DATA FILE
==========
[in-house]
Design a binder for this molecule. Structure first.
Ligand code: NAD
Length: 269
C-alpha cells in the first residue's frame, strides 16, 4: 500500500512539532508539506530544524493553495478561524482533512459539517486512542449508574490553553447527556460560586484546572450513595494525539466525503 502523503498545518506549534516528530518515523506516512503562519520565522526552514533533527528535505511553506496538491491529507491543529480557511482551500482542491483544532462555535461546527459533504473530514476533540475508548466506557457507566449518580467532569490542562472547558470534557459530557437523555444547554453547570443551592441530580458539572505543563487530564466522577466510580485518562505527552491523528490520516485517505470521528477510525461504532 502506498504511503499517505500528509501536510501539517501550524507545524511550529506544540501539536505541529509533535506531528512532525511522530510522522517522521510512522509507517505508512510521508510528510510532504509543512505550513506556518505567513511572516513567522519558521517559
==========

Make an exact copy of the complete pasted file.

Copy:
[in-house]
Design a binder for this molecule. Structure first.
Ligand code: NAD
Length: 269
C-alpha cells in the first residue's frame, strides 16, 4: 500500500512539532508539506530544524493553495478561524482533512459539517486512542449508574490553553447527556460560586484546572450513595494525539466525503 502523503498545518506549534516528530518515523506516512503562519520565522526552514533533527528535505511553506496538491491529507491543529480557511482551500482542491483544532462555535461546527459533504473530514476533540475508548466506557457507566449518580467532569490542562472547558470534557459530557437523555444547554453547570443551592441530580458539572505543563487530564466522577466510580485518562505527552491523528490520516485517505470521528477510525461504532 502506498504511503499517505500528509501536510501539517501550524507545524511550529506544540501539536505541529509533535506531528512532525511522530510522522517522521510512522509507517505508512510521508510528510510532504509543512505550513506556518505567513511572516513567522519558521517559